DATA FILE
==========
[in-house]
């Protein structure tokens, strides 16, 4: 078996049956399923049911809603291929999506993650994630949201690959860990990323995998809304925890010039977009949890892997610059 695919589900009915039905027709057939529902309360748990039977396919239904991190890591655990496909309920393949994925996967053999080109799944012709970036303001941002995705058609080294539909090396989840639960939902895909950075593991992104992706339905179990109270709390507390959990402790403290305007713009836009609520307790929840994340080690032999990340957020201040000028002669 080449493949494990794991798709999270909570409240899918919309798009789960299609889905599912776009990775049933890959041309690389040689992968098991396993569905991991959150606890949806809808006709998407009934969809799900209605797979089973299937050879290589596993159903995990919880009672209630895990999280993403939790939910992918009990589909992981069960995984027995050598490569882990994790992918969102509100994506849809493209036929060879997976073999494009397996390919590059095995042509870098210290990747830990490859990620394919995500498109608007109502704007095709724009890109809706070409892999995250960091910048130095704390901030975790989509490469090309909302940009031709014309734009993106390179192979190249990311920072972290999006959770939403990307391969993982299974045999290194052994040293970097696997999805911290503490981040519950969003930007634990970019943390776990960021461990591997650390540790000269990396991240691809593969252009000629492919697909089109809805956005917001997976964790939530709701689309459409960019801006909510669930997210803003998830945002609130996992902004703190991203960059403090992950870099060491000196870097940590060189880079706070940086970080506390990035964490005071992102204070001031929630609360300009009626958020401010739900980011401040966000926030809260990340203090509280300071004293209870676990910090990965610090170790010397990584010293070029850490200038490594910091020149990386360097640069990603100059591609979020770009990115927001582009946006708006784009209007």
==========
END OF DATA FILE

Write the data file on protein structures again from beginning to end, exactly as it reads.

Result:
[in-house]
């Protein structure tokens, strides 16, 4: 078996049956399923049911809603291929999506993650994630949201690959860990990323995998809304925890010039977009949890892997610059 695919589900009915039905027709057939529902309360748990039977396919239904991190890591655990496909309920393949994925996967053999080109799944012709970036303001941002995705058609080294539909090396989840639960939902895909950075593991992104992706339905179990109270709390507390959990402790403290305007713009836009609520307790929840994340080690032999990340957020201040000028002669 080449493949494990794991798709999270909570409240899918919309798009789960299609889905599912776009990775049933890959041309690389040689992968098991396993569905991991959150606890949806809808006709998407009934969809799900209605797979089973299937050879290589596993159903995990919880009672209630895990999280993403939790939910992918009990589909992981069960995984027995050598490569882990994790992918969102509100994506849809493209036929060879997976073999494009397996390919590059095995042509870098210290990747830990490859990620394919995500498109608007109502704007095709724009890109809706070409892999995250960091910048130095704390901030975790989509490469090309909302940009031709014309734009993106390179192979190249990311920072972290999006959770939403990307391969993982299974045999290194052994040293970097696997999805911290503490981040519950969003930007634990970019943390776990960021461990591997650390540790000269990396991240691809593969252009000629492919697909089109809805956005917001997976964790939530709701689309459409960019801006909510669930997210803003998830945002609130996992902004703190991203960059403090992950870099060491000196870097940590060189880079706070940086970080506390990035964490005071992102204070001031929630609360300009009626958020401010739900980011401040966000926030809260990340203090509280300071004293209870676990910090990965610090170790010397990584010293070029850490200038490594910091020149990386360097640069990603100059591609979020770009990115927001582009946006708006784009209007």